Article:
Prof. Dr. Ingolf Sack

Department of Radiology
Charité - Universitätsmedizin Berlin
Charitéplatz 1
10117 Berlin
Tel: +49 30 450 539058
Fax: +49 30 450 539988

Email: ingolf.sack(at)charite.de
www.elastography.de
www.bioqic.de

 

Scientific Scope

My background is in Medical Physics with a focus on the development and exploitation of methods for image-resolved measurement of mechanical tissue properties, so called elastography. As taught to us by manual palpation, mechanical constants of soft body tissue can drastically change in the course of many diseases, rendering elastography sensitive to subtle tissue alterations on scales far below the resolution of conventional radiological images. Over the past years, I have pursued innovative applications of elastography using Magnetic Resonance Imaging (MRI) and sonography for preclinical and clinical studies. My scientific driving force is the close collaboration with clinicians who see patients on a daily basis suffering from severe diseases such as high grade tumors, hepatic cirrhosis or heart insufficiency, for whom efficacious treatment may be delayed because adequate diagnostic tools are lacking. I was intrigued to learn that many suspicious lesions - such as breast tumors - can be detected by hand, while high-end imaging modalities fail to see any abnormality in the same tissue. This motivated me to invest the knowledge and capability gained over years long research in chemistry, solid state physics, NMR (nuclear magnetic resonance) and MRI into the development of diagnostic methods capable to detect the macroscopic footprint of micromechanical interactions.

Selected References

  • Cardiac-gated steady-state multifrequency magnetic resonance elastography of the brain: Effect of cerebral arterial pulsation on brain viscoelasticity. Schrank F, Warmuth C, Tzschätzsch H, Kreft B, Hirsch S, Braun J, Elgeti T, Sack I. J.Cereb.Blood Flow Metab. 2019. doi: 10.1177/0271678X19850936. [Epub ahead of print]. PMID: 31142226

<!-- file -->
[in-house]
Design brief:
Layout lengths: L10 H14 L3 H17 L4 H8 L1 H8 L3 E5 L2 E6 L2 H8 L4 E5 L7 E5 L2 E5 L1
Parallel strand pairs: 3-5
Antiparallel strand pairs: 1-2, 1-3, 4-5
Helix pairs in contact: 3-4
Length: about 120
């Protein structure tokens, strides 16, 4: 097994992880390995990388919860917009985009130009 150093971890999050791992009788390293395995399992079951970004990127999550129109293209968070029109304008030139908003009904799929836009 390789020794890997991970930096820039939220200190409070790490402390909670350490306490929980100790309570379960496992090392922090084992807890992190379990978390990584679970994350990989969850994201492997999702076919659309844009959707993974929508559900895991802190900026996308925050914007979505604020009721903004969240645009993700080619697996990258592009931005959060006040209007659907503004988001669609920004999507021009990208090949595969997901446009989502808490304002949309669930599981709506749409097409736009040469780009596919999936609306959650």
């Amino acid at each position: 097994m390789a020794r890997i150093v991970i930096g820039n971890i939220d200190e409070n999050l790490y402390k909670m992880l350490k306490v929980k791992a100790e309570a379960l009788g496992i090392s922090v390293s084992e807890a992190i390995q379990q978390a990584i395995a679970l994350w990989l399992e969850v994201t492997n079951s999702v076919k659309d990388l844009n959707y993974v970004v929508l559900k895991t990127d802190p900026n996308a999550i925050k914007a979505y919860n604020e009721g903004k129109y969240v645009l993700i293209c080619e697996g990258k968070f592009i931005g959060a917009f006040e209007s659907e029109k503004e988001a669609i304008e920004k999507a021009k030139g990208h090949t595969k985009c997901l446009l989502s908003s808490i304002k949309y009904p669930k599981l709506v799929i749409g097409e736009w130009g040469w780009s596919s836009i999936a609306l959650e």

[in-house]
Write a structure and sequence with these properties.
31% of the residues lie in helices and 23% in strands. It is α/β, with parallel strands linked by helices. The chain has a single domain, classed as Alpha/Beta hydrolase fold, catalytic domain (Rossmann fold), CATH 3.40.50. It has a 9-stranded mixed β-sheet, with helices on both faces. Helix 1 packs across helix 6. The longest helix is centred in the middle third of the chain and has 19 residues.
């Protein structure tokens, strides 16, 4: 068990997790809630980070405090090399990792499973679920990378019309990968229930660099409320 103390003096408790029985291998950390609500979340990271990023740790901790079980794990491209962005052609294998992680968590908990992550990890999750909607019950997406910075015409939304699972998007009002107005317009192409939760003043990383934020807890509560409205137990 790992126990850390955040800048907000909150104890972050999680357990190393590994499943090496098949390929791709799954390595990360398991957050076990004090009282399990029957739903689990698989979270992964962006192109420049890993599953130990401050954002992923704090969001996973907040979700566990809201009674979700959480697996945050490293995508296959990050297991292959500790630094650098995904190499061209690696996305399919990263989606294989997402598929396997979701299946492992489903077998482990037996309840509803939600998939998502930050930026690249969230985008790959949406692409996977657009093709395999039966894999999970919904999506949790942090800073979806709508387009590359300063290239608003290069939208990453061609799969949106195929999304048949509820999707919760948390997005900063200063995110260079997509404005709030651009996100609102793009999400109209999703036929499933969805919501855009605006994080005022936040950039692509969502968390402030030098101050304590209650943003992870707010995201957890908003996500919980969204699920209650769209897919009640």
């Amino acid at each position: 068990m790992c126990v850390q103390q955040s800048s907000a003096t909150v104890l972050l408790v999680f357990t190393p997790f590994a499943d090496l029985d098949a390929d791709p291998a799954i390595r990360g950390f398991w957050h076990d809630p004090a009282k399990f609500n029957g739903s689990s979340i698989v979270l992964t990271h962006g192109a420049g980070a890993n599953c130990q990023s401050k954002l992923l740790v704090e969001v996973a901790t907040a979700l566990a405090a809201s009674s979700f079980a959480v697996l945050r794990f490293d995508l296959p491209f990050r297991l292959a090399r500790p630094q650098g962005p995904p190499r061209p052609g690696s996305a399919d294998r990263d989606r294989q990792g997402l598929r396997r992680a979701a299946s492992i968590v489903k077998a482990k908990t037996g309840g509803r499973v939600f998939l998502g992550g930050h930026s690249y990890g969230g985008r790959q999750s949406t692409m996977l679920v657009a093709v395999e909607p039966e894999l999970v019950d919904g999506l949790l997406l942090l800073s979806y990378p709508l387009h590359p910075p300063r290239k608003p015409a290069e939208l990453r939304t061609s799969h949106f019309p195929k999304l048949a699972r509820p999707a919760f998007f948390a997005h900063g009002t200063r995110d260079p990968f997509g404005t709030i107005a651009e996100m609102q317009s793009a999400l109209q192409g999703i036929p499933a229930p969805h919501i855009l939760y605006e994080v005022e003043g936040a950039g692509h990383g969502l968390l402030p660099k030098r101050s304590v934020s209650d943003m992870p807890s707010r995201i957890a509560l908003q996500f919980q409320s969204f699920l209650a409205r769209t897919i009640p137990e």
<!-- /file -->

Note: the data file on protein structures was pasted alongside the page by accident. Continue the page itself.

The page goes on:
• In vivo time-harmonic ultrasound elastography of the human brain detects acute cerebral stiffness changes induced by intracranial pressure variations. Tzschätzsch H, Kreft B, Schrank F, Bergs J, Braun J, Sack I. Sci Rep. 2018 Dec 17;8(1):17888. doi: 10.1038/s41598-018-36191-9. PMID: 30559367
  • Hudert CA, Tzschätzsch H, Guo J, Rudolph B, Bläker H, Loddenkemper C, Luck W, Müller HP, Baumgart DC, Hamm B, Braun J, Holzhütter HG, Wiegand S, Sack I. US Time-Harmonic Elastography: Detection of Liver Fibrosis in Adolescents with Extreme Obesity with Nonalcoholic Fatty Liver Disease. Radiology. 2018 Jul;288(1):99-106. doi: 10.1148/radiol.2018172928. Epub 2018 May 15. PubMed PMID: 29762096
  • Hypercapnia increases brain viscoelasticity. Hetzer S, Dittmann F, Bormann K, Hirsch S, Lipp A, Wang DJ, Braun J, Sack I. J Cereb Blood Flow Metab. 2018 Sep 5:271678X18799241. doi: 10.1177/0271678X18799241. [Epub ahead of print] PMID: 30182788.
  • Progressive supranuclear palsy and idiopathic Parkinson's disease are associated with local reduction of in vivo brain viscoelasticity. Lipp A, Skowronek C, Fehlner A, Streitberger KJ, Braun J, Sack I. Eur Radiol. 2018 Aug;28(8):3347-3354. doi: 10.1007/s00330-017-5269-y. Epub 2018 Feb 19. PMID: 29460073